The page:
Earlier this week, Netflix (NASDAQ:NFLX) investors and Stranger Things fans got the news they've been waiting for. The breakout hit show, which combines elements of horror with 1980's nostalgia, was just renewed for a fourth season.

That's not all. Brothers Matt and Ross Duffer, the creators and show runners of the hit program, have agreed to a multiyear film and series deal that will keep them producing new programs for the tech giant for the foreseeable future. 

A teenage girl laying on a bed smiling and talking into a walkie talkie.

Millie Bobby Brown in a scene from Netflix original Stranger Things 3. Image source: Netflix.

Continuing its flagship series

Stranger Things is widely regarded as the streaming giant's most popular original program, so it's no surprise Netflix would be eager to lock down its architects. When the third season premiered in July, Netflix tweeted its success, saying the program had a record-breaking debut. The show was watched by 40.7 million household accounts during its first four days of availability, "more than any other film or series." Even more incredibly, a whopping 18.2 million fans had already devoured the entire season. 

We don't have to take Netflix's word for it when it comes to the ongoing success of Stranger Things. Review aggregation site Rotten Tomatoes declares the show "Fresh" -- a designation it bestows if an entry achieves a rating of 75% or higher with 80 or more reviews. The program has easily surpassed those benchmarks, with the first three seasons attaining scores of 97%, 94%, and 90% respectively. 

Other sources have crowned Stranger Things Netflix's most popular show. Nielsen reported that the show reached 26.4 million unique viewers in the U.S. during the first four days of its release, with 824,000 completing the entire series. That was a 56% increase compared to the second season, making it the most watched Netflix original Nielsen had ever evaluated.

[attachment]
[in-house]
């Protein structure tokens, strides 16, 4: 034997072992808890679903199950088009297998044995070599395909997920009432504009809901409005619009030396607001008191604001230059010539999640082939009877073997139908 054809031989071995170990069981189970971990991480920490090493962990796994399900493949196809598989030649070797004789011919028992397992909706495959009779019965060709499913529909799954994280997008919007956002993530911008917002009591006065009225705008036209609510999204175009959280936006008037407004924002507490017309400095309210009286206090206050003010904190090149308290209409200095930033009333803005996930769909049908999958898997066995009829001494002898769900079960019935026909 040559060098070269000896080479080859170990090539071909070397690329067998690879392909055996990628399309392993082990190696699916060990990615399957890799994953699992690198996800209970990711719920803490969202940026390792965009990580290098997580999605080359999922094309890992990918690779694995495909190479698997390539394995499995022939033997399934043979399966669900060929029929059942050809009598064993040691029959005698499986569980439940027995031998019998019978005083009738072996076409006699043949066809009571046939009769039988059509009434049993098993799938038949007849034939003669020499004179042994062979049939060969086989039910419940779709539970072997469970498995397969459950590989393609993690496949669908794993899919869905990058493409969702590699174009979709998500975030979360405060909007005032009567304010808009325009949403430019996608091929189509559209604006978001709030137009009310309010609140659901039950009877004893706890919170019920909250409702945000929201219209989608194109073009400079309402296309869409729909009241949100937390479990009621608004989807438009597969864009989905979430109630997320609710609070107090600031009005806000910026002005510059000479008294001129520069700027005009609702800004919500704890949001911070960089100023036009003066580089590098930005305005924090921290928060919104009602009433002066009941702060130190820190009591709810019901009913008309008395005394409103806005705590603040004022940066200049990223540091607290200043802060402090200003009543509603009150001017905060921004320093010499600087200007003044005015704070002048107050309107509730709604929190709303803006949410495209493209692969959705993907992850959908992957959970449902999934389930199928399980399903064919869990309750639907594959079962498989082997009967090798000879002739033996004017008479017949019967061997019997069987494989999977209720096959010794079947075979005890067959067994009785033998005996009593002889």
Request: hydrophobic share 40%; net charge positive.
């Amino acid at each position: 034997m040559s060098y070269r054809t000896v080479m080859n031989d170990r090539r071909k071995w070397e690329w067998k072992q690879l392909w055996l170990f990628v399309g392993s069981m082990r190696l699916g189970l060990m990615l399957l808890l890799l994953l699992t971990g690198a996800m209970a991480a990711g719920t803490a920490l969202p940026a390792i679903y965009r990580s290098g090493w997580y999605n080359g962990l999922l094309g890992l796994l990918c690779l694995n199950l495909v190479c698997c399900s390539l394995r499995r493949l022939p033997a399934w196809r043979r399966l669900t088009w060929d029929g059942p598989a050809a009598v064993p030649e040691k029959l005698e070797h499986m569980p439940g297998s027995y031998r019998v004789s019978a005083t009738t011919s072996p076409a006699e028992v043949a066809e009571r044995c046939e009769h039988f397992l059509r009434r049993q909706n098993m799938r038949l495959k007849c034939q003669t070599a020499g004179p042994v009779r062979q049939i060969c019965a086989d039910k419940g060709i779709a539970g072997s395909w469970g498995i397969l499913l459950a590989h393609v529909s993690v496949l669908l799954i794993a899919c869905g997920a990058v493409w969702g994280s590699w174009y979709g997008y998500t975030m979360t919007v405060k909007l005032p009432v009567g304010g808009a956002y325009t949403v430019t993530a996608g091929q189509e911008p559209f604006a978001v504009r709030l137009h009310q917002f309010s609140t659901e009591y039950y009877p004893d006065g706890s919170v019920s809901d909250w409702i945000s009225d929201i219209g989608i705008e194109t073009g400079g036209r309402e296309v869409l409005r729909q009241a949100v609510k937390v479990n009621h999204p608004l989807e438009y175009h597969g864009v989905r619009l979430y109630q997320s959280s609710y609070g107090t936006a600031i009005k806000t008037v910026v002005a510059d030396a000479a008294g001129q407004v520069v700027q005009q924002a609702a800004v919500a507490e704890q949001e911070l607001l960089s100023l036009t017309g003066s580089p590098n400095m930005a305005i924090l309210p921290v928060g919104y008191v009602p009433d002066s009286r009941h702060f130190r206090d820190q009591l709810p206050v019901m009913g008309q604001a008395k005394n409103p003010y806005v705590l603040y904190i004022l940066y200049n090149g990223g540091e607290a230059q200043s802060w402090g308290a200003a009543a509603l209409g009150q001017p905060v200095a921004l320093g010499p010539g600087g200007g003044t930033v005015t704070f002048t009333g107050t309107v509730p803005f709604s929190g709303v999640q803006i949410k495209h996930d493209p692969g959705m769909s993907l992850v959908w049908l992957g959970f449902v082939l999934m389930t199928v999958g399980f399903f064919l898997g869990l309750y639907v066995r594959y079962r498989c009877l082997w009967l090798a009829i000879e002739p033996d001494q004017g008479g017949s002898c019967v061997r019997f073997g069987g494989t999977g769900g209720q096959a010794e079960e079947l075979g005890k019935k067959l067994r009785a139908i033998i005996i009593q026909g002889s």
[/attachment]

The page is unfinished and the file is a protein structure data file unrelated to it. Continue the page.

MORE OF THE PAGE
Content demand measurement company Parrot Analytics said earlier this week that Stranger Things 3 remained the No. 1 most watched digital original series in the U.S. -- across all streaming platforms -- a position the show has held for 14 consecutive weeks.

The show has also been a critical success, garnering 30 Primetime Emmy nominations that resulted in six wins. 

Building its talent pool

Netflix not only renewed the show but inked a multiyear, nine-figure deal with its creators.

Over the past several years, Netflix has embarked on a strategy of signing exclusive content deals with top writers and producers. The company recently signed a $200 million deal with David Benioff and D. B. Weiss -- of Game of Thrones fame -- to bring them to into the fold.

This follows similar nine-figure deals over the past few years with known hit makers like Shonda Rhimes (Grey's Anatomy, Scandal, How to Get Away With Murder), Ryan Murphy (American Horror Story, Glee, American Crime Story: The People v. O.J. Simpson), Kenya Barris (Black-ish, Grown-ish), and Jenji Kohan (Orange is the New Black, Weeds).

A woman with a apprehensive look standing on the sidewalk as throngs of people stream by her on both sides.

Taylor Schilling in a scene from Netflix original series Orange Is the New Black. Image source: Netflix.

A method to its madness

While some would question the wisdom of these moves, Netflix has a clearly defined plan for the future. The company has stated, "Our future largely lies in exclusive original content that drives both excitement around Netflix and enormous viewing satisfaction for our global membership and its wide variety of tastes." 

There's evidence to suggest the strategy is working. According to Morgan Stanley's ninth annual streaming video survey, 40% of respondents cited Netflix as the best destination for original programming in 2019. Asked to give the top three reasons they subscribe to the service, a whopping 58% of Netflix viewers cited "its broad selection of content," 55% said the company "adds content I like," and 53% said it was the "good original programming." 

This leaves little doubt as to why Netflix is casting a wide net when it comes to original programming and spending like a drunken sailor to lock up the content creators.